Book Review: Title: The New Age of Adventure: Ten Years of Great Writing

Adventure Travel, Travel Books & Movies, Weekly Travel News — By on November 2, 2009 at 7:00 am

Age of Adventure National Geographic by Lisa Katzenberger
Special to Lost Girls World

National Geographic Adventure is the magazine for readers who prefer to climb around the wild outdoors versus just glance at the pictures from the safety of their couch. Their new anthology, The New Age of Adventure: Ten Years of Great Writing, strikes the same chord as their down-in-the-dirt-details magazine.

Sure, they may sound a little confident with their claim of “ten years of great writing,” but the book really delivers. The anthology is filled with flawless writing and stunning stories pulled from the award-winning magazine’s ten-year life. Story after story reels you in and instantly transports you through lush language to another part of the world.

The anthology breaks the stories up into four sections. “Reporting From the Edge” provides a journalistic approach to discovering different cultures of the world. The section starts off with Sebastian Junger‘s “The Lion in Winter,” a startling look at Afghanistan guerrilla war warrior Ahmad Shah Massoud that was originally published in the spring of 2001. And in “Off the Face of the Earth” Peter Lane Taylor crawls around a complex system of underground caves where the Stermers family hid from the Nazis for nearly a full year in 1942. He shares details of how the surviving members of the family – young children at the time – look back on this experience with heart-breaking strength.

“Sexy Beasts” covers stories about how our animal friends survive in this world. In “Place of Darkness,” Kira Salak shares her encounters with mountain gorillas trying to survive the war in Congo and contemplates who the more humane animal is: man or gorilla. “Stomping Grounds” by Paul Kvinta investigates the culture of “human-elephant conflict” where elephant stampedes in India have caused deaths in the thousands over the past two decades.

“Personal Journeys” includes personal narratives, such as friends surviving a 21-day kayaking through the Aleutian Islands, and a Vietnam vet surviving his emotional journey back to the ghost-filled battlefields of his youth. In “The Outer Limits” writers venture to the farthest reaches of the world – from travelling alongside Siberian reindeer farmers to exploring the blank Sahara where the even the map labels the area as “nothing” – Tenere.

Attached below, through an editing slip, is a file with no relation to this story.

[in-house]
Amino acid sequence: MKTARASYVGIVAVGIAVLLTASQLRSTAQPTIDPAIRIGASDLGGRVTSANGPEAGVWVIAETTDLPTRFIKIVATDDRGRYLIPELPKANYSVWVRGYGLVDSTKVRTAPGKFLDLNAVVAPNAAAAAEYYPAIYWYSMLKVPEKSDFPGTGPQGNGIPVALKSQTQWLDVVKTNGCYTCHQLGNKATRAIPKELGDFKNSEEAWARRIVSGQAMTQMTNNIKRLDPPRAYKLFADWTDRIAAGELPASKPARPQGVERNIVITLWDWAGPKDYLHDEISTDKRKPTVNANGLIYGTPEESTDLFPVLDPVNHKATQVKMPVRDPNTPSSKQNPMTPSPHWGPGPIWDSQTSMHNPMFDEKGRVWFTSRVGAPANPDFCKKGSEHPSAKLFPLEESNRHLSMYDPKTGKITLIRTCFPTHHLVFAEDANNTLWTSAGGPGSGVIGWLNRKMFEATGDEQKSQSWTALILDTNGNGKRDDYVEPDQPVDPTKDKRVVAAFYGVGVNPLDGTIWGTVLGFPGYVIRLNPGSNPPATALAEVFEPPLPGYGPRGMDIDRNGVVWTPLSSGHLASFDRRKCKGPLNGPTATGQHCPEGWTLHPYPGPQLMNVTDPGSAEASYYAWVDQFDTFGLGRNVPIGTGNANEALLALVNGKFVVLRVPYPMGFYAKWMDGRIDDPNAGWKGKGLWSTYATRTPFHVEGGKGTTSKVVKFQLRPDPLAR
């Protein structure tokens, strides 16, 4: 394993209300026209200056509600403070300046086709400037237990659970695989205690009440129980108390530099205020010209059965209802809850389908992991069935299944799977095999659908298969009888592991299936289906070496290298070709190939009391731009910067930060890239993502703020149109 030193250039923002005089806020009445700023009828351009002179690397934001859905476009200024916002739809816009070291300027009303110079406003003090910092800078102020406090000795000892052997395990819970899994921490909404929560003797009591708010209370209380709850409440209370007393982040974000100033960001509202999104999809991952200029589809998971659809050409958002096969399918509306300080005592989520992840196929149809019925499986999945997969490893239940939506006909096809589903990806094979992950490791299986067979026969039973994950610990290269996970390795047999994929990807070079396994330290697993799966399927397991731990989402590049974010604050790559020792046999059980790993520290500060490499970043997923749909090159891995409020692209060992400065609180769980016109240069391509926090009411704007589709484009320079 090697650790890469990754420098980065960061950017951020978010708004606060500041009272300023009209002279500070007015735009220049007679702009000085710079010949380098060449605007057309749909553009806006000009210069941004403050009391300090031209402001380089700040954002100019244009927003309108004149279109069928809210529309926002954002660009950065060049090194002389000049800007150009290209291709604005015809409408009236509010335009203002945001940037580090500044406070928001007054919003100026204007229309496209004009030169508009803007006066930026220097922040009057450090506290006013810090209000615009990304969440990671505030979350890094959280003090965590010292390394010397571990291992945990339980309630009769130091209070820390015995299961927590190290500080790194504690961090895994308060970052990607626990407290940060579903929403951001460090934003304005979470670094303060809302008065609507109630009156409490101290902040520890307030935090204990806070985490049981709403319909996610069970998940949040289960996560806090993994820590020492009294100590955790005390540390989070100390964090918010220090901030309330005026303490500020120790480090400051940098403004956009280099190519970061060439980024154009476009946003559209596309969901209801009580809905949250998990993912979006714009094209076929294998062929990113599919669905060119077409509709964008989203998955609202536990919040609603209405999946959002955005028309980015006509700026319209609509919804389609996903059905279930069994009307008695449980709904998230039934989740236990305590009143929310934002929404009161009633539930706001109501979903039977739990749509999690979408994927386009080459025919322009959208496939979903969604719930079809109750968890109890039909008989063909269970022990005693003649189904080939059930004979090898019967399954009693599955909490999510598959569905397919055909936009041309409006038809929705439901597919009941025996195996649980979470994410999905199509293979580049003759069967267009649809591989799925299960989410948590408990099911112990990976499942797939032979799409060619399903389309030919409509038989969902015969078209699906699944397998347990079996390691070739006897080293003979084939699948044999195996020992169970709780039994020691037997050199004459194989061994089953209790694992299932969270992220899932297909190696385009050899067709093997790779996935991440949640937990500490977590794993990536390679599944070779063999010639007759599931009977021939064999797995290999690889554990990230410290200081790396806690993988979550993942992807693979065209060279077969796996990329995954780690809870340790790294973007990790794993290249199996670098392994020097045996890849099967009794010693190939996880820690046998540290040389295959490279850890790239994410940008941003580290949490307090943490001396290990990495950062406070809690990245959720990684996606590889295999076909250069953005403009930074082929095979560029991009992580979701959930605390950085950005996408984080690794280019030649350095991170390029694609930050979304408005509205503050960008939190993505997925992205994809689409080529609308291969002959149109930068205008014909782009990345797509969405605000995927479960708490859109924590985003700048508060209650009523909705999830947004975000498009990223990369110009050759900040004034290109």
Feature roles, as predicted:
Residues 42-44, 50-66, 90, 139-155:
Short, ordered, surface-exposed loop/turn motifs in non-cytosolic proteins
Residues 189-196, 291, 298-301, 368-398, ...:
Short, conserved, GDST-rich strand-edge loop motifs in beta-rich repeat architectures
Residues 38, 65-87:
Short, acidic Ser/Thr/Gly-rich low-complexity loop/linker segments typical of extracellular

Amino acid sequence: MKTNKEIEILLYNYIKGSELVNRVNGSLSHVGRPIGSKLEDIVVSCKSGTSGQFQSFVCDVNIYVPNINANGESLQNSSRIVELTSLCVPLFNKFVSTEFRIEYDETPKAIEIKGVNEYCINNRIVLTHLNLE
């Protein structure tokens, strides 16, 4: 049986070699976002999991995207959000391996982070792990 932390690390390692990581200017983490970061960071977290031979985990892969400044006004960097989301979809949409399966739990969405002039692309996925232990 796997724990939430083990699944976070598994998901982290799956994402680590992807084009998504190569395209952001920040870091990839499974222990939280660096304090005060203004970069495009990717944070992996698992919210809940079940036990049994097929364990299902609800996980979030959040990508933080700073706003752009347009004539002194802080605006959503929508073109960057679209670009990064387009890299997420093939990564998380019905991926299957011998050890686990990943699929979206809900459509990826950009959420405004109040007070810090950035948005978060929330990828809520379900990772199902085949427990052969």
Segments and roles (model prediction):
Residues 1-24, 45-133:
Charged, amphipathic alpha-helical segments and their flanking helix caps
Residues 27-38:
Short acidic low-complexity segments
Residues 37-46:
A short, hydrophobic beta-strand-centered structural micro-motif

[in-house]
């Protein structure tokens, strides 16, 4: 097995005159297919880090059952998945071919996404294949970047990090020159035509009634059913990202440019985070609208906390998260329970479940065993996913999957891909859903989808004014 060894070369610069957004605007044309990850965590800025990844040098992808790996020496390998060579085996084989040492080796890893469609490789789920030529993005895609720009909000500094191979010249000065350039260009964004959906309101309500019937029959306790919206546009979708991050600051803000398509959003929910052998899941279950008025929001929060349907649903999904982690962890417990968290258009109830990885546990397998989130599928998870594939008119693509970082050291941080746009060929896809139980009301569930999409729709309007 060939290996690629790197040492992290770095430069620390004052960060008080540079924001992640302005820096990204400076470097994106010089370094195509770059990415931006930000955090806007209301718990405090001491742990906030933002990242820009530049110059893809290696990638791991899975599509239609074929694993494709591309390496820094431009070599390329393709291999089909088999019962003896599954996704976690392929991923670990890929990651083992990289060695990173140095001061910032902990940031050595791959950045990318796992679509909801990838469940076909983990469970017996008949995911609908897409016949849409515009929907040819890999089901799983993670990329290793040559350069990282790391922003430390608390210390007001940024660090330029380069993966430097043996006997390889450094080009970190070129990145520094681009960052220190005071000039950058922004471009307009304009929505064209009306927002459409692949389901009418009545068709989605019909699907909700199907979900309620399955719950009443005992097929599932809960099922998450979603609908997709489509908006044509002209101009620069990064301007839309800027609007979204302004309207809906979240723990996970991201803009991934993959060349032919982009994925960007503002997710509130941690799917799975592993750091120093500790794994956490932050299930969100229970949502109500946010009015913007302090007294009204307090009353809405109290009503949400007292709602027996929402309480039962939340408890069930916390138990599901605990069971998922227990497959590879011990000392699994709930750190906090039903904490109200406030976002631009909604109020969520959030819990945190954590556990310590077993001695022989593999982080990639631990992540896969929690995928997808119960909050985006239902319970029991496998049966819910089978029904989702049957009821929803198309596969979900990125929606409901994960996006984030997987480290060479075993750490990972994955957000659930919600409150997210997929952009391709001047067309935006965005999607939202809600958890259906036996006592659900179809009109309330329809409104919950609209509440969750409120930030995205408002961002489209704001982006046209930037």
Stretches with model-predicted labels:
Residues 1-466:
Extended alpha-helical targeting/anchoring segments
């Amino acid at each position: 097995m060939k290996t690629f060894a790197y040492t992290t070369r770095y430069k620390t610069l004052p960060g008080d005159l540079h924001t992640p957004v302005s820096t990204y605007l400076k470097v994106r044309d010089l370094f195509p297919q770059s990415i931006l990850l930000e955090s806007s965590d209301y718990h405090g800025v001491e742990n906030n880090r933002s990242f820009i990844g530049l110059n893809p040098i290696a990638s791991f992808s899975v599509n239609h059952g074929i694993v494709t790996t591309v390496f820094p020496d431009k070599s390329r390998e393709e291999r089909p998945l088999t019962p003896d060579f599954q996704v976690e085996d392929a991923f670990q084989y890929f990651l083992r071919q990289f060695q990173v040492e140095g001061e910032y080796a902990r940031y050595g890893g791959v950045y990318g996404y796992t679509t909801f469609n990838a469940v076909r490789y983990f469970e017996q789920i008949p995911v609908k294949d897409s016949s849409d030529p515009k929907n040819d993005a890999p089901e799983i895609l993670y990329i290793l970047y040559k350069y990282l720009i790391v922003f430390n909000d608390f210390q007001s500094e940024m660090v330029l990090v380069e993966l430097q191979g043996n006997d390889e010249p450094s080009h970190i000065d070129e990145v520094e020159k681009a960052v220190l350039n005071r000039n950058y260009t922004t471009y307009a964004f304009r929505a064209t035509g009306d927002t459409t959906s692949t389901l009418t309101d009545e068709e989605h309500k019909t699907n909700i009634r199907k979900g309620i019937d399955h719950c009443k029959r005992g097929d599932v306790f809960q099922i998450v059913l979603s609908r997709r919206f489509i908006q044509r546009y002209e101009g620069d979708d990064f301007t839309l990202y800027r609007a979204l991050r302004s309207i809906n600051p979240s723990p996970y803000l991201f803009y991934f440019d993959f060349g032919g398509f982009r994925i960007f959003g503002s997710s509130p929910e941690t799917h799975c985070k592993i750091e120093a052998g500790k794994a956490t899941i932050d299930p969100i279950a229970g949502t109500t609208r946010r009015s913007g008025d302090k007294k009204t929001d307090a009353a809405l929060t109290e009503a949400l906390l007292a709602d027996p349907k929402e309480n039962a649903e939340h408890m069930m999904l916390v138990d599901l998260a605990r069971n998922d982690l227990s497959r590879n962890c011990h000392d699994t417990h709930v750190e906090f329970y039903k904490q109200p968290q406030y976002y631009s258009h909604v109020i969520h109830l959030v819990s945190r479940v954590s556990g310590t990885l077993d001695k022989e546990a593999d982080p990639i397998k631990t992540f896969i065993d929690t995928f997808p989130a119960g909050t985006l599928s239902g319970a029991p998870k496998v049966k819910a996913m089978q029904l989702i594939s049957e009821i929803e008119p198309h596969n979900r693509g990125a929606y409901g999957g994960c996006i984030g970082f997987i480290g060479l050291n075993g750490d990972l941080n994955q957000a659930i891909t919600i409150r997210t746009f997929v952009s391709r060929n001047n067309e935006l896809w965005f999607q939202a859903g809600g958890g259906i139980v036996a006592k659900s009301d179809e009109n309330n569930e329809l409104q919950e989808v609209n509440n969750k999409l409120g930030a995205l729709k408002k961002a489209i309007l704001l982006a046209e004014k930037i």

Every story in The New Age of Adventure carries the potential for self-discovery. How does your life feel when you examine it from inside the still void of Siberia’s Tenere? What do you do when, in the middle of a 22-day canoe trip in the Grand Canyon, where contact with others is rare and random, you place a call home from a pay phone on September 11, 2001? Do you continue on your scheduled trip, and hang out among America’s nooks and crannies or head home to hunker down in front of its 24-hour ticker-filled news channels? The story of elephants finding a place to call home among India’s skyrocketing population begs the question: who’s closing in on whose turf? These stories share the underlying theme that seeing the world is also about seeing ourselves and learning more about the human race in the name of adventure.

Overall, the stories are moving and inspiring and stirring, although The Sexy Beasts section wasn’t as immediately engaging as others. And, Lost Girls readers, it’s worth pointing out to this crowd that out of twenty-five beautiful travel stories only three were authored by women. (Kira Salak also has “Hell and Back” and Gretel Ehrlich’s contributes “The Vanishing Breed.”)

The stories in The New Age of Adventure pull you along like a quick and smooth zip line tour. Happy to watch the world move by, to observe it from a different perspective, not really noticing time pass, not really wanting the journey to end. And then the instant you complete one story, breathless, pondering what you just experienced, you’re anxious to clip on to the next line, to jump into the next story, and discover what lies ahead.

The New Age of Adventure: Ten Years of Great Writing

Publisher: National Geographic Society
Release Date: Now available (released September 15, 2009)
$16.95
LG Rating: * * * * (out of 5)

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Lisa Katzenberger lives in Chicago and is working on her second novel. Her short stories have appeared or are forthcoming in Quality Women’s Fiction, Foliate Oak, Cooler by the Lake, and PoemMemoirStory. She blogs about writing at Fictioncity.blogspot.com.

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